Digging Up the Past

logos_new      I was going to start with a different post but in the last moment I changed my mind and decided to start the blog in a positive rather than negative manner, so I want to devote this first post to an imprint of Penguin Books I never get tired of: Pelican books.

          This imprint was launched in 1937 as a way to produce inexpensive paperbacks on non-fiction topics for a general audience. Since the discovery of the tomb of Tutankhamen by Howard Carter in 1922, archaeology entered the pop-culture and influenced several artistic movements of the time, especially art-deco. It is in this general context that Pelican appeared in the market, and although the imprint covered the most diverse topics, archaeology became very soon one of the principal ones.

          The list of titles is very extensive, and although Pelican was discontinued in 1984, it was relaunched again in 2014, with the intention of publishing 5 titles per year. Collecting them has become one of my many eccentricities, but you would be surprised of how cheap they are, even the first editions. Essential works in the history of archaeology were published here for the first time. Among those that already are in my collection are Digging up the past (1937) by Sir Leonard Woolley, What happened in History (1946) by Vere Gordon Childe or The Greeks Overseas (1964) by Sir John Boardman. I will intend to summarise these and other books in the future, so here goes the first one:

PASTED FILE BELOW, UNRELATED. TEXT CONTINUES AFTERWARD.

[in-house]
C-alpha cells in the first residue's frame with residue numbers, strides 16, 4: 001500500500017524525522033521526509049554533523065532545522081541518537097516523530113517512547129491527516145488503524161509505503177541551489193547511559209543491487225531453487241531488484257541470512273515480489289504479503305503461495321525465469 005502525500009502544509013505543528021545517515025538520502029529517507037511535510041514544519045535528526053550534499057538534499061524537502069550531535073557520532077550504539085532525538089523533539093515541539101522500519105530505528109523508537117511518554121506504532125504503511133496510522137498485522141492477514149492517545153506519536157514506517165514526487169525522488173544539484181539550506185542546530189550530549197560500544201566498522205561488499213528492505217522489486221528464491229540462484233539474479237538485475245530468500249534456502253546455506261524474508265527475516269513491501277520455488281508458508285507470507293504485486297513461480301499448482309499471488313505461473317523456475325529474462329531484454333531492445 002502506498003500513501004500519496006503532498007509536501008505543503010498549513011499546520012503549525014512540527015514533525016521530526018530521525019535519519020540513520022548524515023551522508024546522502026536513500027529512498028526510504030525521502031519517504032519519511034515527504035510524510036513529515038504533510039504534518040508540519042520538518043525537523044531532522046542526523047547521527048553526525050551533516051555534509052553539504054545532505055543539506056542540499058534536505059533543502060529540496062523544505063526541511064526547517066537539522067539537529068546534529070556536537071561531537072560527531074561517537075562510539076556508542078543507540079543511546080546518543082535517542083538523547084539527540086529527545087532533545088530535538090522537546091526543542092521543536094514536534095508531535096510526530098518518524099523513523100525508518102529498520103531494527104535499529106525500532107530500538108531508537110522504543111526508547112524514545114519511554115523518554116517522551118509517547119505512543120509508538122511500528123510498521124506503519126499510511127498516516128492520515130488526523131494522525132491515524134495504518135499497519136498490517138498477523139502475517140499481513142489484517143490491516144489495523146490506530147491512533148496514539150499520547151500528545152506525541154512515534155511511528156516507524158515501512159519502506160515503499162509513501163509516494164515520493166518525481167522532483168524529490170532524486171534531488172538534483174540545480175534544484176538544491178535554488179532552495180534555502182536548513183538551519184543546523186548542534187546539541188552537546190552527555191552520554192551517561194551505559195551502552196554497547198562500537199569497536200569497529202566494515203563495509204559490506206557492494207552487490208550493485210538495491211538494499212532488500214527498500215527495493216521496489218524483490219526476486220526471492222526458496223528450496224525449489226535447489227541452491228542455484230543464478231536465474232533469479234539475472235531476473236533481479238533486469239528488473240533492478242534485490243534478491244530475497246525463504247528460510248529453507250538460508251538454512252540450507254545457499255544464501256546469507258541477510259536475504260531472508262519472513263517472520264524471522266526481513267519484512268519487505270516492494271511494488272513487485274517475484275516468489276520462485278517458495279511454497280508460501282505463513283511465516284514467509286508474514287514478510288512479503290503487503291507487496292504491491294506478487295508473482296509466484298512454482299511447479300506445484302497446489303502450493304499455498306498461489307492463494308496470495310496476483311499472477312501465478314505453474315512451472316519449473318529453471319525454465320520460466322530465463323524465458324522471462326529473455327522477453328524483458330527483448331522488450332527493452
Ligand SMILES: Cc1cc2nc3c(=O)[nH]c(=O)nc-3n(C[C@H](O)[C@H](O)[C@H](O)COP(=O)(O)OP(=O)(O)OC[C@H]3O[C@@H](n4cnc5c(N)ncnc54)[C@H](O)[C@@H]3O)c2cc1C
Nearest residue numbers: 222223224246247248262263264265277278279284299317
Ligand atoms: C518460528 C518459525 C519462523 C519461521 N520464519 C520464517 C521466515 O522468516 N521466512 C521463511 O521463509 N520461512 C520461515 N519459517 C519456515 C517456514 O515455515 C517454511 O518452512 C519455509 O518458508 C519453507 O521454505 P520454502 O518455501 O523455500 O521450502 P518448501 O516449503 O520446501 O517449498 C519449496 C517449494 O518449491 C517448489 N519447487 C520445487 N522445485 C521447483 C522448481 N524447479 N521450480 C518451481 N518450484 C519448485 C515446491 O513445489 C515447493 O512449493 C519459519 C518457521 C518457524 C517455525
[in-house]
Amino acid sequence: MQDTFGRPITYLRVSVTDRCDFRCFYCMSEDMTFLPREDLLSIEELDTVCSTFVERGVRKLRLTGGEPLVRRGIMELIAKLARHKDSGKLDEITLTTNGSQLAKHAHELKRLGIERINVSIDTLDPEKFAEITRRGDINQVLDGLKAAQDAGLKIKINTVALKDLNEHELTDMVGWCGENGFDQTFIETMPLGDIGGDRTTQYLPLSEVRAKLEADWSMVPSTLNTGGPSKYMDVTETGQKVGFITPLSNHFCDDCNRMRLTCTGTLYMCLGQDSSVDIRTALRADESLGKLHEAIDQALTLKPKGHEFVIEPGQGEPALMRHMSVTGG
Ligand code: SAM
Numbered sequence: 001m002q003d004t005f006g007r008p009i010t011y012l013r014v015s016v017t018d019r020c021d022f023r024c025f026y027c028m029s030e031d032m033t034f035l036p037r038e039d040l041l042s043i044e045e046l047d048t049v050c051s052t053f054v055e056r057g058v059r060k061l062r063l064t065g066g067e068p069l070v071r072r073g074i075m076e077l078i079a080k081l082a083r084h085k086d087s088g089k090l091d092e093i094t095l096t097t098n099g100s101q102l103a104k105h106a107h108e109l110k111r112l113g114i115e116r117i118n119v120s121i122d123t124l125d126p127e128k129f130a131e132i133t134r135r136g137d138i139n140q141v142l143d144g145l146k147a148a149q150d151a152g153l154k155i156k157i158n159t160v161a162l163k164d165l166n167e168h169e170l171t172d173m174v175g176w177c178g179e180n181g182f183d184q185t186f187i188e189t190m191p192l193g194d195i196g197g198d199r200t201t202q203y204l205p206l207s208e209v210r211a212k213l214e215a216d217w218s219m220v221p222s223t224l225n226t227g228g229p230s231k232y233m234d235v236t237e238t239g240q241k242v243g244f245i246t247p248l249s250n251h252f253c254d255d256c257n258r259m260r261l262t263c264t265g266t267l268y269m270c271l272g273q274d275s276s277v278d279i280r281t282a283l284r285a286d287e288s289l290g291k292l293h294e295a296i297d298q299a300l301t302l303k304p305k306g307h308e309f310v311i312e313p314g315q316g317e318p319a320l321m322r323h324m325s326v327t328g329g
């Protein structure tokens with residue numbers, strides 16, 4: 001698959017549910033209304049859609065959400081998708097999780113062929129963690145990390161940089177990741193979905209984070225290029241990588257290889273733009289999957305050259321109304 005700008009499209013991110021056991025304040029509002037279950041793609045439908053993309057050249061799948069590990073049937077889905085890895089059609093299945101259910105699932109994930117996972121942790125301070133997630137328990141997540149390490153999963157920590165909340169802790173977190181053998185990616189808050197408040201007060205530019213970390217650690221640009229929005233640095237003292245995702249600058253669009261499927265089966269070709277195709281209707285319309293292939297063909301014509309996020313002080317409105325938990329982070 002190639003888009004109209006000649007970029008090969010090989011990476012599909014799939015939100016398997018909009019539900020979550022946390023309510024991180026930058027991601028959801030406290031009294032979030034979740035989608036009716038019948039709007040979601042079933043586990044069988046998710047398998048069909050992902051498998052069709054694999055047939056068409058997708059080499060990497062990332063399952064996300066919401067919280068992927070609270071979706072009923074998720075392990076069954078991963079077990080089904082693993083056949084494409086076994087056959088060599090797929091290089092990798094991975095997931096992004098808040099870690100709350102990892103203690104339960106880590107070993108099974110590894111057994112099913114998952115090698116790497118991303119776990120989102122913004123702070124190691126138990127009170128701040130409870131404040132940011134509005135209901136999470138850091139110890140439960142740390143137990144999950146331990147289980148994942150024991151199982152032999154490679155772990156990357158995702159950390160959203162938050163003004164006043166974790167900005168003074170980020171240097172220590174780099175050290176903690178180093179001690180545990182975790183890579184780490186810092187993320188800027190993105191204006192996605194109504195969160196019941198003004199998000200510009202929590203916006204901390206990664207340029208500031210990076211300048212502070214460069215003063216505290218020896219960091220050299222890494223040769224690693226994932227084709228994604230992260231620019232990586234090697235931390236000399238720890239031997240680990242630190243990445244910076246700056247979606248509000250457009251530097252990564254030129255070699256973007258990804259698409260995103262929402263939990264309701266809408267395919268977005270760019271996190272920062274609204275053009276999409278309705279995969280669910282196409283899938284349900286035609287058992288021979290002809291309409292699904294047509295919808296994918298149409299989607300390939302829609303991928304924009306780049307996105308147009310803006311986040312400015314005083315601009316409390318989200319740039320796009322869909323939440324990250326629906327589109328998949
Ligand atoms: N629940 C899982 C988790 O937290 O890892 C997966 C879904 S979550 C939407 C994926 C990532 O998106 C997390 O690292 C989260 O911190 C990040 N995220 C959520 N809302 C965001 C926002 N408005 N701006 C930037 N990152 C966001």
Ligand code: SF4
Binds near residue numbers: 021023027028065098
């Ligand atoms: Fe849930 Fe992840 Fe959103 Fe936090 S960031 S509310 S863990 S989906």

Digging up the Past (1937) is the result of a series of six talks given by Sir Leonard Woolley in the BBC Radio. The result was a very interesting theoretical work in which the author explores the history of archaeology as Diggingupa discipline, and its evolution from the early years of antiquarianism to the professionalism and even its transformation into a science, well before the theoretical developments of the late 60’s and early 70’s. I found especially interesting the pages on excavation techniques, and how the author insists on the importance of understanding what we call today the post-depositional process for the proper interpretation of an excavation. Even before Binford’ fell into the “Pompeii premise” it was obvious this approach to the site as a frozen capsule did not make sense. I will not deny Woolley is one of my favourite archaeologists of all time, but if you want to discover a rather unknown piece of archaeological theory before that was even “a thing” then go to AbeBooks (or wherever you go) and buy Digging up the Past. You can also find a downloadable copy at archive.org. Totally worth it.

Sir Leonard Woolley, by Bassano Ltd half-plate film negative, 18 June 1938. National Portrait Gallery.


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